Latin America Advisor

A Daily Publication of The Dialogue

What Forces Are Driving Economic Growth in Latin America and the Caribbean?

Photo of Santo Domingo The Caribbean will experience 4.7 percent growth this year, higher than Latin America and the Caribbean as a whole, according to ECLAC. Santo Domingo is pictured. // File Photo: Government of the Dominican Republic.

The United Nations Economic Commission for Latin America and the Caribbean (ECLAC) released a report last month forecasting that Latin America and the Caribbean will “resume the path of low growth seen prior to the Covid-19 pandemic,” expanding 2.7 percent on average this year. The deceleration in economic activity, which is half the rate of growth the region posted last year, is constraining the labor market recovery, especially for women, according to ECLAC. What factors are driving economic growth in Latin America and the Caribbean this year and next, and which subregions and countries are positioned to do better than others? What tools can policymakers use both to spur job growth as well as tackle inflation? How can vulnerable populations that are being left behind in the increasingly sluggish recovery most effectively be helped?

Alberto M. Ramos, managing director and head of Latin America economic research at Goldman Sachs in New York: “Across Latin America, real activity during the first half of this year benefited from the from ‘post-Covid’ economic normalization, particularly among the labor-intensive services sectors, additional fiscal stimulus in several places, terms of trade gains driven by rising commodity prices and gradually firming labor markets. We expect activity to decelerate visibly toward the end of 2022 and anticipate significant headwinds to activity by the first half of next year. Going forward, activity is expected to be negatively affected by rapidly diminishing marginal returns from Covid normalization, high and disseminated inflation, the lagged impact from recent monetary and financial tightening, gradually more exigent credit conditions and softer external impulse to growth given the expected deceleration of the global economy (softening of commodity prices and the terms of trade). Furthermore, in a number of places, including Argentina, Brazil, Chile, Colombia and Peru, heightened political and policy uncertainty are expected to affect sentiment, and through it, spending decisions by both households and firms. The high and highly disseminated inflation pressures remain a key policy challenge. Inflation should be fought with determination as it is a highly socially regressive tax on low-income households, and if left unchecked, it will undermine the underpinnings of growth and social progress. The best contribution central banks can give to deliver sustainable socially inclusive medium-term growth is to deliver low and stable inflation. Bringing inflation down to more moderate levels may have a short-term cost in terms of activity and employment, but leaving inflation unchanged will certainly have a much larger cost. And to fight inflation, interest rates are the most neutral, effective and efficient instrument to do so in the macro policy toolbox. Vulnerable segments of the population should be supported in the short-term by existing social safety net provisions, and over the medium term by investment-friendly policies that support growth and job creation.”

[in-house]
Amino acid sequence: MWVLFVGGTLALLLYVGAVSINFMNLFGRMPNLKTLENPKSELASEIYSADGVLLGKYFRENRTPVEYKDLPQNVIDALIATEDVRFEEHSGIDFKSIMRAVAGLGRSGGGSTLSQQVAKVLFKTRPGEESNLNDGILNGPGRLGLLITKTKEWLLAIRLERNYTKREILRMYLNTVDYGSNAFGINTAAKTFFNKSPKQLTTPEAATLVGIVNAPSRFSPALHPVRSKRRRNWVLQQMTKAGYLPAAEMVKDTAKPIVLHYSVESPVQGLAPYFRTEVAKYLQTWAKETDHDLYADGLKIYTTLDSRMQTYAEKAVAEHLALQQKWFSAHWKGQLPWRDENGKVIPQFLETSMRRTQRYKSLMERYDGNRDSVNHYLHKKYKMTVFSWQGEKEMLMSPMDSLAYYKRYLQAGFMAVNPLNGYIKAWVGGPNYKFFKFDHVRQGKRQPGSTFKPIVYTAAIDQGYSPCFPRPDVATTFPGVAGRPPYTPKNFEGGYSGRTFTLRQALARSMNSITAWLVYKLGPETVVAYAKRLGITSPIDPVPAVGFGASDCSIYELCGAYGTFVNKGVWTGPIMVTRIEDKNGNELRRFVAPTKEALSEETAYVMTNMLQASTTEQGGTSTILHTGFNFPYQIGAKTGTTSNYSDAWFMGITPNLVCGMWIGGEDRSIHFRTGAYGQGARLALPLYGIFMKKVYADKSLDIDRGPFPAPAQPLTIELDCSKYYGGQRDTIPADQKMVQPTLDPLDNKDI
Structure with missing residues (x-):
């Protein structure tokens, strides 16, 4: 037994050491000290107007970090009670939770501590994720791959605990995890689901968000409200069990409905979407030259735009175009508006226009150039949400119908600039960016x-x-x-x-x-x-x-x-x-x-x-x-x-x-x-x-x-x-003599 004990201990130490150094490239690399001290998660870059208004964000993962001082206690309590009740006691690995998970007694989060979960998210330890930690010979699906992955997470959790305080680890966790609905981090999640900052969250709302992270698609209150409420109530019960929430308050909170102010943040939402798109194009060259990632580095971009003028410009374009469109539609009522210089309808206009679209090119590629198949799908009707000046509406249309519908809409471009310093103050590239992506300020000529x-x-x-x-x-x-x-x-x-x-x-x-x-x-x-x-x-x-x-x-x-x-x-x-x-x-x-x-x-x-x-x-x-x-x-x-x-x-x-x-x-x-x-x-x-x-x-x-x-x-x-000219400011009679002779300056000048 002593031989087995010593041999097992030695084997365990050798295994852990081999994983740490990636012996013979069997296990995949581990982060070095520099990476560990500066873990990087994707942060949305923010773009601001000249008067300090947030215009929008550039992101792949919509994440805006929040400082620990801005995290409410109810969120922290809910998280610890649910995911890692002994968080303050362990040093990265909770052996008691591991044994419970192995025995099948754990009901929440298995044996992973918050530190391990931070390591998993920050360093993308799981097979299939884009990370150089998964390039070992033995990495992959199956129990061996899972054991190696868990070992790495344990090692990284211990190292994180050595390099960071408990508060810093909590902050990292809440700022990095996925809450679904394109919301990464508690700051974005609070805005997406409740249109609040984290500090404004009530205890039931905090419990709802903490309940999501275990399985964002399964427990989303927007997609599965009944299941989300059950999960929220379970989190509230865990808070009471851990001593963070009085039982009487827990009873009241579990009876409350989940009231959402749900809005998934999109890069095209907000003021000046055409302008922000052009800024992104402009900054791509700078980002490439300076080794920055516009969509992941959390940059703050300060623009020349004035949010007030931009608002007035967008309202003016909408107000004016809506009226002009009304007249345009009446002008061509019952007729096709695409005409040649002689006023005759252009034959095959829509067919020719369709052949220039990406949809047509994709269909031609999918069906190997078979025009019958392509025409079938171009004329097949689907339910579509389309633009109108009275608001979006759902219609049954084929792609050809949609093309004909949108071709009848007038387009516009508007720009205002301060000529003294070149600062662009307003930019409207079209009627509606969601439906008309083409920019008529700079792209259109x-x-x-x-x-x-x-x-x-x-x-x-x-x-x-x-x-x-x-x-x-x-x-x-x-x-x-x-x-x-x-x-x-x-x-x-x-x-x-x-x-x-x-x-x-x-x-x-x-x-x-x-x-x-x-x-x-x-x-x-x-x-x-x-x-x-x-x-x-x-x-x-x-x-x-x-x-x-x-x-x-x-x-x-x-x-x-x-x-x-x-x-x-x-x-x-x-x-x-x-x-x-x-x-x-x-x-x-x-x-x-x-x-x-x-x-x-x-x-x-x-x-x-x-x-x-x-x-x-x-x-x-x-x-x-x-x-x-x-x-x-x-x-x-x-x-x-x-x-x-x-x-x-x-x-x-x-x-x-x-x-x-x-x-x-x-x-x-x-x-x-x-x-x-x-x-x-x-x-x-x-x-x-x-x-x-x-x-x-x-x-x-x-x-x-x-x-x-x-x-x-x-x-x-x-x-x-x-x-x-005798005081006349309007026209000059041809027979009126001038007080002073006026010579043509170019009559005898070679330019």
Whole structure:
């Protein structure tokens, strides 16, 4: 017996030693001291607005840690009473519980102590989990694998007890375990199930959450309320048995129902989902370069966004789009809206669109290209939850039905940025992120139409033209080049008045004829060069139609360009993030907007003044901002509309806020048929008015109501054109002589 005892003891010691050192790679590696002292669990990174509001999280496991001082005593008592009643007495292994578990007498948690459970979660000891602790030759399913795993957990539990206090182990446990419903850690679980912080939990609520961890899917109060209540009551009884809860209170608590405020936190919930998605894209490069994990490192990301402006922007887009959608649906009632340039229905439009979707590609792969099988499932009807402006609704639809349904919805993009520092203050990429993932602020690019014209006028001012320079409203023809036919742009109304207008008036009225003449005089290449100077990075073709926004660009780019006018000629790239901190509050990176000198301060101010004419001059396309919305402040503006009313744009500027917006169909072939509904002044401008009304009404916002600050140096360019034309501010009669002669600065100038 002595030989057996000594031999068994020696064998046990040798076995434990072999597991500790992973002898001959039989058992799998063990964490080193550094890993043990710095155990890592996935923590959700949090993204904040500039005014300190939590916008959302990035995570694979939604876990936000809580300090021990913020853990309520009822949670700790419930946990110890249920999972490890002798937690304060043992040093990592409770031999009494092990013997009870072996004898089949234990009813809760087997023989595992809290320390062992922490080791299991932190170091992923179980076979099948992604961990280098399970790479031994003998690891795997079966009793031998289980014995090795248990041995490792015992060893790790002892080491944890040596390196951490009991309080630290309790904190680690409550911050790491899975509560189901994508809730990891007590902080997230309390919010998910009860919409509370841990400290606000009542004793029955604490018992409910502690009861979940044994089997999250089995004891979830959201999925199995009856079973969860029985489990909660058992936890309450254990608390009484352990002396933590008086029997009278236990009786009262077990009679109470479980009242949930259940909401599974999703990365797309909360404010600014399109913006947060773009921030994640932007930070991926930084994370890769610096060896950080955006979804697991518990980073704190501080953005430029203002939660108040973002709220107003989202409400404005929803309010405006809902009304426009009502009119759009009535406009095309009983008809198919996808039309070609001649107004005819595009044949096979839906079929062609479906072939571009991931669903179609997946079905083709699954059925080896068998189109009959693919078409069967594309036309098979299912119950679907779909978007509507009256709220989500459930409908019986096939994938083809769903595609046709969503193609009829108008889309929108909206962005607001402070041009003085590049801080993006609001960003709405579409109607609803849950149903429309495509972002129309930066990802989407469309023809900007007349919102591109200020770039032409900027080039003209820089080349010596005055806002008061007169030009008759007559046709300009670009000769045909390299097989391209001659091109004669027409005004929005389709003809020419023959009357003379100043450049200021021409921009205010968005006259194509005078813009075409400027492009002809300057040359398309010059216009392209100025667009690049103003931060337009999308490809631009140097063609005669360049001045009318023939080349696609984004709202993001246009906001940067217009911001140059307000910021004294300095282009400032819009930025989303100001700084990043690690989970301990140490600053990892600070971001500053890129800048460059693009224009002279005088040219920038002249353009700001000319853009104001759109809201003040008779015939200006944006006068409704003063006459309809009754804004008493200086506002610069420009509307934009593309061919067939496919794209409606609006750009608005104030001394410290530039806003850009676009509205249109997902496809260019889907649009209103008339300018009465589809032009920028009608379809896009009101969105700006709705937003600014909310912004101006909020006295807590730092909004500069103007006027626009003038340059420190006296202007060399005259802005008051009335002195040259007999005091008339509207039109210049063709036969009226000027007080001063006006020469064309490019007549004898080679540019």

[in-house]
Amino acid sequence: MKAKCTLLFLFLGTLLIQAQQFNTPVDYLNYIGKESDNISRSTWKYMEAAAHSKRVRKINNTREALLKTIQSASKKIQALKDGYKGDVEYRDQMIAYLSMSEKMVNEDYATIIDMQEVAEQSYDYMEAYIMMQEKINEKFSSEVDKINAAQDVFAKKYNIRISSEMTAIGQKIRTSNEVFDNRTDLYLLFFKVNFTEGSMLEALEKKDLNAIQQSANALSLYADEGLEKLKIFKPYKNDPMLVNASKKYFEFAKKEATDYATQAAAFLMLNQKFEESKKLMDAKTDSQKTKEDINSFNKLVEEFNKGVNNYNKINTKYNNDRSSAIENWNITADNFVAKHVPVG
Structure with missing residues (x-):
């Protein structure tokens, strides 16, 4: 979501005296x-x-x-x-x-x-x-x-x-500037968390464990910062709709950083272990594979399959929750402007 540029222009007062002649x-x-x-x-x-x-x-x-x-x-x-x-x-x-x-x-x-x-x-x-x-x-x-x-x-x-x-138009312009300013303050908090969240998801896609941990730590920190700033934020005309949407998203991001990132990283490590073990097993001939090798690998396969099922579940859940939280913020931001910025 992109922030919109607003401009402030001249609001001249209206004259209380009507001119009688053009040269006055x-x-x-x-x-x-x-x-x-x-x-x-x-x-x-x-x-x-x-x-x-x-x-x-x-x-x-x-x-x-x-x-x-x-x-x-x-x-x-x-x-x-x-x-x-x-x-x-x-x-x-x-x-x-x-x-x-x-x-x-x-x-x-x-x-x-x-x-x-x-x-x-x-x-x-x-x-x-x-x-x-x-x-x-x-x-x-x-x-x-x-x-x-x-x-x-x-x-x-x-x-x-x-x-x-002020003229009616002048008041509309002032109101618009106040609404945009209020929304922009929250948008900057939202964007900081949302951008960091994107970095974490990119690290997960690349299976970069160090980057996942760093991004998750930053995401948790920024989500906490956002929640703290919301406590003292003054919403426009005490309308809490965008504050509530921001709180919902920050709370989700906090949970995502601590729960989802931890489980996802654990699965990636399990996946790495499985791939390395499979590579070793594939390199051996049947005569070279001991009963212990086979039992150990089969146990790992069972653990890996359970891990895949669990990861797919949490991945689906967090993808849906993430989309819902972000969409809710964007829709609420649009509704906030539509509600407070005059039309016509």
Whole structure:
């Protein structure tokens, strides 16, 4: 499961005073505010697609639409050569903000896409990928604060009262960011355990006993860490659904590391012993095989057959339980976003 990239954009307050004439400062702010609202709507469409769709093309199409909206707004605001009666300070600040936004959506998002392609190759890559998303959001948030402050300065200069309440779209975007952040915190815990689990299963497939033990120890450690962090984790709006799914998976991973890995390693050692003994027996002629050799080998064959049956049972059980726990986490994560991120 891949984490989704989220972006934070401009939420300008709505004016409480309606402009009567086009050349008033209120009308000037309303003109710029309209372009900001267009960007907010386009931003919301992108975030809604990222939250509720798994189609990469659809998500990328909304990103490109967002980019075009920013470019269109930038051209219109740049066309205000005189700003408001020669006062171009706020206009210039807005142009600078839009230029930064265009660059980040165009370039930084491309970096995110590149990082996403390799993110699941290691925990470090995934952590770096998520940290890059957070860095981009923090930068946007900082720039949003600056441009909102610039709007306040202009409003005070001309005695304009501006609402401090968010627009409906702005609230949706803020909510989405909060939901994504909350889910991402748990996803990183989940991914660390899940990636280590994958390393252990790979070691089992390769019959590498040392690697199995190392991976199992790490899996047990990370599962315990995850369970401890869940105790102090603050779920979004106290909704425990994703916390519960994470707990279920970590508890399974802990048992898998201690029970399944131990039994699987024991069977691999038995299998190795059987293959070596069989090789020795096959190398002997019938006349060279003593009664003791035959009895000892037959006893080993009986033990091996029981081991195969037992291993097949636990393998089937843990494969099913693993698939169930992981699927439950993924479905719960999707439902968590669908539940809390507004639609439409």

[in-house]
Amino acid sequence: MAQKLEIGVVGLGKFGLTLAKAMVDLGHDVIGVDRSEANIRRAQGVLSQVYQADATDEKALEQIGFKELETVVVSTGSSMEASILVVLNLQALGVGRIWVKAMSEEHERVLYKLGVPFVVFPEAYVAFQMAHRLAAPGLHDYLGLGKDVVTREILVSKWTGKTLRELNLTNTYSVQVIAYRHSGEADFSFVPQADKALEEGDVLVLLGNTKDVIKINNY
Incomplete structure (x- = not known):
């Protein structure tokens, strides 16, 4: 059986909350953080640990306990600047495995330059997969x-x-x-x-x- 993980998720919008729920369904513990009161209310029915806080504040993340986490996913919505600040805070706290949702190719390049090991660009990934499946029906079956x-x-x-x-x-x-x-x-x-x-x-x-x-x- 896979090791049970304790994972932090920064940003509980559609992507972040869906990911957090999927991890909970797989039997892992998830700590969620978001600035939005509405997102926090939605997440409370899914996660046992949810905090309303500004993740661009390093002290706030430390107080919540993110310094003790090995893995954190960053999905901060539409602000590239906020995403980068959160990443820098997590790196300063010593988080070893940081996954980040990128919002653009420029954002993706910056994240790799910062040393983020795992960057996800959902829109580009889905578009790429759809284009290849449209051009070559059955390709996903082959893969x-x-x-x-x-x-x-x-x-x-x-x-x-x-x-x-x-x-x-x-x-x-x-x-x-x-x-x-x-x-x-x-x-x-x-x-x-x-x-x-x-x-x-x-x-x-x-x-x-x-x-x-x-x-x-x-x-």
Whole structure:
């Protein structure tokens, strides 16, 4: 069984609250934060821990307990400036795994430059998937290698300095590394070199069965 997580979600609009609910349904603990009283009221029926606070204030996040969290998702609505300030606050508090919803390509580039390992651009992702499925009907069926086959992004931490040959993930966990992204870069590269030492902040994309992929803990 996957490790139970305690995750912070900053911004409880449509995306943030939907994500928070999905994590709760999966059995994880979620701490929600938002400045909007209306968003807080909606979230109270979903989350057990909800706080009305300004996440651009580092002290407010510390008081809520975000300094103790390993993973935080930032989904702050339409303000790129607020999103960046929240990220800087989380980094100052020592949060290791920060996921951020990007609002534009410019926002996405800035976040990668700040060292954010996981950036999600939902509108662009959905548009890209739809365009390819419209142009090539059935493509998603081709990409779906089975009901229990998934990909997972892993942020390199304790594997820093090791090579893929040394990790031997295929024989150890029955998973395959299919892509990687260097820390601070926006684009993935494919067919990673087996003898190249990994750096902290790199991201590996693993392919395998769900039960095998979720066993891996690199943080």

Ernesto Revilla, managing director and head of Latin America economics at Citigroup: “Latin America is doing better in 2022 than analysts expected only nine months ago. Economic activity has been more resilient, given the continued strength of the consumer, who is still enjoying the post-pandemic opening and freedom to indulge. High commodity prices have also helped the region, which is mostly commodity producing (outside Central America and the Caribbean), and global financial conditions have not tightened as much as high inflation would warrant. This increased optimism about 2022 is, alas, not translated to 2023. While growth forecasts for 2022 have increased meaningfully in the last months (particularly for Brazil, Colombia, Mexico, Panama and Uruguay), those of 2023 have come down. Indeed, external conditions—particularly because of higher rates in the United States, and the slowdown in China—will not be favorable to Latin America next year, while internal uncertainty associated with politics will continue weighing on investment and growth. In this uncertain and volatile environment, there will be differentiation across countries. There is a wide heterogeneity in Latin America between countries that have strong fundamentals (Mexico), complicated politics (Peru), medium-term fiscal challenges (Brazil), big current account deficits (Chile) or even a twin deficit—fiscal and external—problem (Colombia). Asset prices will react accordingly. In the face of a hazy outlook, policymakers should continue to focus on protecting the most vulnerable populations through well-targeted social programs, while constructing a credible narrative of medium-term growth and stronger fundamentals. This relatively calm period represents an opportunity to prepare for uncertain waters ahead.”